West Texas Intermediate snapped four days of losses before U.S. data that’s forecast to show crude stockpiles dropped in the world’s largest oil consumer.
Futures rose as much as 0.6 percent before a U.S. government report today that may show inventories slid 1 million barrels to an 18-month low last week. The industry-funded American Petroleum Institute said supplies fell 54,000 barrels. WTI dropped to the lowest close in eight weeks yesterday on speculation that U.S.-Iranian relations are thawing and as the threat of an American military strike on Syria receded.
“There’s good support for prices at these levels, and the data is the trigger for them to go higher,” Jonathan Barratt, the chief executive officer of Barratt’s Bulletin in Sydney, said by phone today. “A lot of the risk premium we saw earlier in the month has come off as tensions in the Middle East abate, and now the market’s all about supply and demand. And with inventories expected to show a fall, we could see prices rise.”
WTI crude for November delivery advanced as much as 61 cents to $103.74 a barrel on the New York Mercantile Exchange and was at $103.61 at 2:57 p.m. in Singapore. Futures slid 4.6 percent over the previous four sessions. The volume of all futures traded was 41 percent below the 100-day average. Prices are up 7.3 percent this quarter and 13 percent higher in 2013.
Brent oil for November settlement gained 44 cents, or 0.4 percent, to $109.08 a barrel on the London-based ICE Futures Europe exchange. The European benchmark traded at a premium of $5.47 to WTI today. The spread was at $5.51 yesterday, the widest since Sept. 6.
U.S. crude inventories fell 0.3 percent to 354.6 million barrels as of Sept. 20, according to the median of 10 analyst estimates surveyed before the Energy Information Administration report. Supplies probably dropped as refineries operated at more than 90 percent of capacity and oil imports slipped.
The EIA, the U.S. Energy Department’s statistical arm, is scheduled to release its inventory report at 10:30 a.m. today in Washington. The data will show stockpiles of gasoline slid 750,000 barrels, and middle distillates, a category that includes heating oil and diesel, slipped 925,000 barrels last week, according to the Bloomberg survey.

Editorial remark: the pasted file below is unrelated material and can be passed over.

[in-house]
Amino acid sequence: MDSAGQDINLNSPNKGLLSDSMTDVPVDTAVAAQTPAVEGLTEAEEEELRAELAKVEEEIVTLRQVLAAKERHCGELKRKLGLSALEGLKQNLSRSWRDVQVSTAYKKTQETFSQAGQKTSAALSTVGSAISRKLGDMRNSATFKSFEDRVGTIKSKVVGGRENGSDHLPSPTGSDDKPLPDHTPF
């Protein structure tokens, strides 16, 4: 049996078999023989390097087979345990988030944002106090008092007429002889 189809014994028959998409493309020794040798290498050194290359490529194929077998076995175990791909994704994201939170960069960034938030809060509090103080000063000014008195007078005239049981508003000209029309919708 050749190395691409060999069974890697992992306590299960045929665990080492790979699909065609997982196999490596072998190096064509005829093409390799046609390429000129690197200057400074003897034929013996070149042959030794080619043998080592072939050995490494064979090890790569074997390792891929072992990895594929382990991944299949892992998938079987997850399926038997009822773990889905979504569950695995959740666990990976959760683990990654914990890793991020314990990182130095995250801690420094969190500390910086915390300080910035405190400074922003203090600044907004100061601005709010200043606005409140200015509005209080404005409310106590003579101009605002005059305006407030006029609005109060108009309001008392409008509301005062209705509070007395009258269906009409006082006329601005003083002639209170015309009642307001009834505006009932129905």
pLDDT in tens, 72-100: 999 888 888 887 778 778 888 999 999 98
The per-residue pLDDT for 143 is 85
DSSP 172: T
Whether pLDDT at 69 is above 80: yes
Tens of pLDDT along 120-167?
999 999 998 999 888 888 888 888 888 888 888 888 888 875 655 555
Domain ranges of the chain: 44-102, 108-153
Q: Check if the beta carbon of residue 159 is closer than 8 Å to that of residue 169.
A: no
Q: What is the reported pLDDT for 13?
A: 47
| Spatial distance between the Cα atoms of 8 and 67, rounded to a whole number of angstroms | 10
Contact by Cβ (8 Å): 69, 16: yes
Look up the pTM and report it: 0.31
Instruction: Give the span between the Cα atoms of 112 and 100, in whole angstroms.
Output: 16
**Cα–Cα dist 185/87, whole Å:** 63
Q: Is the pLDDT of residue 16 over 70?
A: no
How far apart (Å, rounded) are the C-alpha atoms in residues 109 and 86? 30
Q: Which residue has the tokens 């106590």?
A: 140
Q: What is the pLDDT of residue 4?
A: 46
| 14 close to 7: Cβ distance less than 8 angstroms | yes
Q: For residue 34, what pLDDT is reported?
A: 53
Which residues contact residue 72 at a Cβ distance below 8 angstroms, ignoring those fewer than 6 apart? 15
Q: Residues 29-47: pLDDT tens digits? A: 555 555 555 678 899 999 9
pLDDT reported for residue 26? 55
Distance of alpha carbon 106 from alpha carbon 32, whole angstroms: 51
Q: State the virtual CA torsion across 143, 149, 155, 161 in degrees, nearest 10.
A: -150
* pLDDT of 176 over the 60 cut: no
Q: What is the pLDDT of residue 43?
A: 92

The American Petroleum Institute’s weekly report yesterday showed distillate fuel inventories rose 485,000 while gasoline stockpiles increased 341,000 barrels. API collects information on a voluntary basis from operators of refineries, bulk terminals and pipelines. The government requires that reports be filed with the EIA for its weekly survey.
Supplies slipped in 10 of the past 12 EIA reports as refineries operated near the highest rates of the year. Plants have slowed fuel output in the third quarter of each year since 1999 as they implemented maintenance programs. Crude imports decreased during September in four of the past five years.
Refineries probably ran at 91.6 percent of capacity on Sept. 20, down 0.9 percentage point from a week earlier, the survey showed. Utilization rates reached an annual high in June or July during the summer driving season in eight of the past 10 years. Units are often idled in September and October for maintenance as attention shifts away from gasoline and before heating-oil demand peaks.
Oil rose to a two-year high on Aug. 28 amid concern that a U.S.-led assault would widen the Syrian conflict and disrupt Middle East shipments. Syria borders Iraq and is near Iran, which together control almost a fifth of the production capacity in the Organization of Petroleum Exporting Countries, according to data compiled by Bloomberg.
The United Nations Security Council is set to negotiate a Syria resolution. The U.S., the U.K. and France have accused government forces of carrying out a chemical attack on Aug. 21 that killed 1,400 people near Damascus. Syrian President Bashar al-Assad has blamed rebel groups. Russia rejected a plan to include enforcement in the resolution.
Separately, U.S. President Barack Obama welcomed overtures from Iran as a chance to resolve diplomatically the confrontation over the Persian Gulf nation’s nuclear program, even as Iranian officials told the U.S. that the time isn’t right for direct contact between the two countries’ leaders.
Deutsche Bank AG increased its forecasts for WTI and Brent crude this year as prices rose in the third quarter amid stoppages in Libya and the threat of strikes against Syria. The bank raised its outlook for WTI by 5 percent to $99.88 barrel and Brent by 1.8 percent to $109 a barrel, according to a report e-mailed today.
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